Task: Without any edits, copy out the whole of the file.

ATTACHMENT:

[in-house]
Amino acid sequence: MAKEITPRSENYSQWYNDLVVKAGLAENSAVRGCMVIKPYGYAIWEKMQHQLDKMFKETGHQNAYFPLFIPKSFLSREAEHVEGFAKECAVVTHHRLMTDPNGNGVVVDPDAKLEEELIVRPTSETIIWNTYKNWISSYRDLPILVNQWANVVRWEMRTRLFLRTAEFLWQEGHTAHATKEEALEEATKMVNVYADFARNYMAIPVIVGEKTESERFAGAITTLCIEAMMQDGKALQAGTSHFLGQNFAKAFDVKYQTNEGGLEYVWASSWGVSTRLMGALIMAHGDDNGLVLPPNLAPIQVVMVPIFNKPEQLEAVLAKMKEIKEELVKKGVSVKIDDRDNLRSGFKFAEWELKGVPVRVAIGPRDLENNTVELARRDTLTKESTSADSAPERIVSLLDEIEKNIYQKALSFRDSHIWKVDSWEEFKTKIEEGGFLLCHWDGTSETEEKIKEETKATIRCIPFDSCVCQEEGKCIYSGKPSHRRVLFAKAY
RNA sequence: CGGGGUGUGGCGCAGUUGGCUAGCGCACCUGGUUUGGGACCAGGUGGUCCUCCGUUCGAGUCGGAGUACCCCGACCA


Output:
[in-house]
Amino acid sequence: MAKEITPRSENYSQWYNDLVVKAGLAENSAVRGCMVIKPYGYAIWEKMQHQLDKMFKETGHQNAYFPLFIPKSFLSREAEHVEGFAKECAVVTHHRLMTDPNGNGVVVDPDAKLEEELIVRPTSETIIWNTYKNWISSYRDLPILVNQWANVVRWEMRTRLFLRTAEFLWQEGHTAHATKEEALEEATKMVNVYADFARNYMAIPVIVGEKTESERFAGAITTLCIEAMMQDGKALQAGTSHFLGQNFAKAFDVKYQTNEGGLEYVWASSWGVSTRLMGALIMAHGDDNGLVLPPNLAPIQVVMVPIFNKPEQLEAVLAKMKEIKEELVKKGVSVKIDDRDNLRSGFKFAEWELKGVPVRVAIGPRDLENNTVELARRDTLTKESTSADSAPERIVSLLDEIEKNIYQKALSFRDSHIWKVDSWEEFKTKIEEGGFLLCHWDGTSETEEKIKEETKATIRCIPFDSCVCQEEGKCIYSGKPSHRRVLFAKAY
RNA sequence: CGGGGUGUGGCGCAGUUGGCUAGCGCACCUGGUUUGGGACCAGGUGGUCCUCCGUUCGAGUCGGAGUACCCCGACCA